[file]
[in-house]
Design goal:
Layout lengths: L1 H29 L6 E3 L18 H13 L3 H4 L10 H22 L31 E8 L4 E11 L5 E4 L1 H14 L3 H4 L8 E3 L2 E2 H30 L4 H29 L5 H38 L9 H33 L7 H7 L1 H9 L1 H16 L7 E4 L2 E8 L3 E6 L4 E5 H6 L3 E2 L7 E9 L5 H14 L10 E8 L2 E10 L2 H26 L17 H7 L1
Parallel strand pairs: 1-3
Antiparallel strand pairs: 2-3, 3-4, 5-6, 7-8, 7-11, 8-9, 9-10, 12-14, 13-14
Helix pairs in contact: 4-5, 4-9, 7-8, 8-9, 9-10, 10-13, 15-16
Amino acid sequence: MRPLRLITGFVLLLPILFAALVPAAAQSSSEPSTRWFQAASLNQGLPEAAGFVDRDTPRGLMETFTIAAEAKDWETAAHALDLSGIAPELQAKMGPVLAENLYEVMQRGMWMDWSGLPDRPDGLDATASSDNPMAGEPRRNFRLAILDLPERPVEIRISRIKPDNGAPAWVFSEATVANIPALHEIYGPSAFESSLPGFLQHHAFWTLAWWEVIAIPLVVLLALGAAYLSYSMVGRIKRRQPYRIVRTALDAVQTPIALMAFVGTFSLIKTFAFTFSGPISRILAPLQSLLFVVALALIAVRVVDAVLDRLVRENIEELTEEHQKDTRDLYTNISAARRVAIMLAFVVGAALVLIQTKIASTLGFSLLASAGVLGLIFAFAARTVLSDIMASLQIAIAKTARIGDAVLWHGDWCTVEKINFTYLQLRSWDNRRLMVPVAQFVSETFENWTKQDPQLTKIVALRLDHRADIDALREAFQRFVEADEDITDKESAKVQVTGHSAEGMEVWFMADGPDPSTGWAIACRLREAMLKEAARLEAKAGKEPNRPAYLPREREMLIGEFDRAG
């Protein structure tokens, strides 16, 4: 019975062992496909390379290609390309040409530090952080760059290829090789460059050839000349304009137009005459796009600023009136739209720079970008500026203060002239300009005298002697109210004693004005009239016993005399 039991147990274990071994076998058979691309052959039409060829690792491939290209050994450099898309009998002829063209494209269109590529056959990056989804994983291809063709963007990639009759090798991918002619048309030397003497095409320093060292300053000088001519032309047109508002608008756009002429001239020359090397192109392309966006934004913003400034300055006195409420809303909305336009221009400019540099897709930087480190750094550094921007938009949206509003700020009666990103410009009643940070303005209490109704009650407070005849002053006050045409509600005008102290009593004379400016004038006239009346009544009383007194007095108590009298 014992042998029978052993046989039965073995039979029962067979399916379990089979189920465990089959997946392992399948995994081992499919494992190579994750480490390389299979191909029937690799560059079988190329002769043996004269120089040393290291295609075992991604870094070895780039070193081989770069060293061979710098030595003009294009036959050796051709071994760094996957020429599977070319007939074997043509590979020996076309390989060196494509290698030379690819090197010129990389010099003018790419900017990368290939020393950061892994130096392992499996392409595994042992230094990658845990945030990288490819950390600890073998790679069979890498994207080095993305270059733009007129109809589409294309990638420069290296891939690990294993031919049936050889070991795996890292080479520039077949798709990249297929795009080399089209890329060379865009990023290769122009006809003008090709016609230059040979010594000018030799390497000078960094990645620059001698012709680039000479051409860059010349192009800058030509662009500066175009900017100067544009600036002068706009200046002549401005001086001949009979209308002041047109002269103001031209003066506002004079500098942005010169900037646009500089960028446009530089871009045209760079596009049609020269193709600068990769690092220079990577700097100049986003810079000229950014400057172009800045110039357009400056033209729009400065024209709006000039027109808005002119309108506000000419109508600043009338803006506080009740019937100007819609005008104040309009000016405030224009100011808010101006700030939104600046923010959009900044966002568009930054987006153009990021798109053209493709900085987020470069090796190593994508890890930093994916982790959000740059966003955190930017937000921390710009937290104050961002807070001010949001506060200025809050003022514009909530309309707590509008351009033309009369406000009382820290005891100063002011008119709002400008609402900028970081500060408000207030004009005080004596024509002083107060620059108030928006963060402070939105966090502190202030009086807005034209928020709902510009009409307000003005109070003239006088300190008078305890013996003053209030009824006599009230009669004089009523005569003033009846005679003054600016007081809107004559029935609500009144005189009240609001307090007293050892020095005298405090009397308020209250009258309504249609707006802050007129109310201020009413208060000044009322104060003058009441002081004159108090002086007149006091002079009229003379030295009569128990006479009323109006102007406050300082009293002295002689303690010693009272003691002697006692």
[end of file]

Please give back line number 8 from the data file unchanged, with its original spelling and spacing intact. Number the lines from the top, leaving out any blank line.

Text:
């Protein structure tokens, strides 16, 4: 019975062992496909390379290609390309040409530090952080760059290829090789460059050839000349304009137009005459796009600023009136739209720079970008500026203060002239300009005298002697109210004693004005009239016993005399 039991147990274990071994076998058979691309052959039409060829690792491939290209050994450099898309009998002829063209494209269109590529056959990056989804994983291809063709963007990639009759090798991918002619048309030397003497095409320093060292300053000088001519032309047109508002608008756009002429001239020359090397192109392309966006934004913003400034300055006195409420809303909305336009221009400019540099897709930087480190750094550094921007938009949206509003700020009666990103410009009643940070303005209490109704009650407070005849002053006050045409509600005008102290009593004379400016004038006239009346009544009383007194007095108590009298 014992042998029978052993046989039965073995039979029962067979399916379990089979189920465990089959997946392992399948995994081992499919494992190579994750480490390389299979191909029937690799560059079988190329002769043996004269120089040393290291295609075992991604870094070895780039070193081989770069060293061979710098030595003009294009036959050796051709071994760094996957020429599977070319007939074997043509590979020996076309390989060196494509290698030379690819090197010129990389010099003018790419900017990368290939020393950061892994130096392992499996392409595994042992230094990658845990945030990288490819950390600890073998790679069979890498994207080095993305270059733009007129109809589409294309990638420069290296891939690990294993031919049936050889070991795996890292080479520039077949798709990249297929795009080399089209890329060379865009990023290769122009006809003008090709016609230059040979010594000018030799390497000078960094990645620059001698012709680039000479051409860059010349192009800058030509662009500066175009900017100067544009600036002068706009200046002549401005001086001949009979209308002041047109002269103001031209003066506002004079500098942005010169900037646009500089960028446009530089871009045209760079596009049609020269193709600068990769690092220079990577700097100049986003810079000229950014400057172009800045110039357009400056033209729009400065024209709006000039027109808005002119309108506000000419109508600043009338803006506080009740019937100007819609005008104040309009000016405030224009100011808010101006700030939104600046923010959009900044966002568009930054987006153009990021798109053209493709900085987020470069090796190593994508890890930093994916982790959000740059966003955190930017937000921390710009937290104050961002807070001010949001506060200025809050003022514009909530309309707590509008351009033309009369406000009382820290005891100063002011008119709002400008609402900028970081500060408000207030004009005080004596024509002083107060620059108030928006963060402070939105966090502190202030009086807005034209928020709902510009009409307000003005109070003239006088300190008078305890013996003053209030009824006599009230009669004089009523005569003033009846005679003054600016007081809107004559029935609500009144005189009240609001307090007293050892020095005298405090009397308020209250009258309504249609707006802050007129109310201020009413208060000044009322104060003058009441002081004159108090002086007149006091002079009229003379030295009569128990006479009323109006102007406050300082009293002295002689303690010693009272003691002697006692």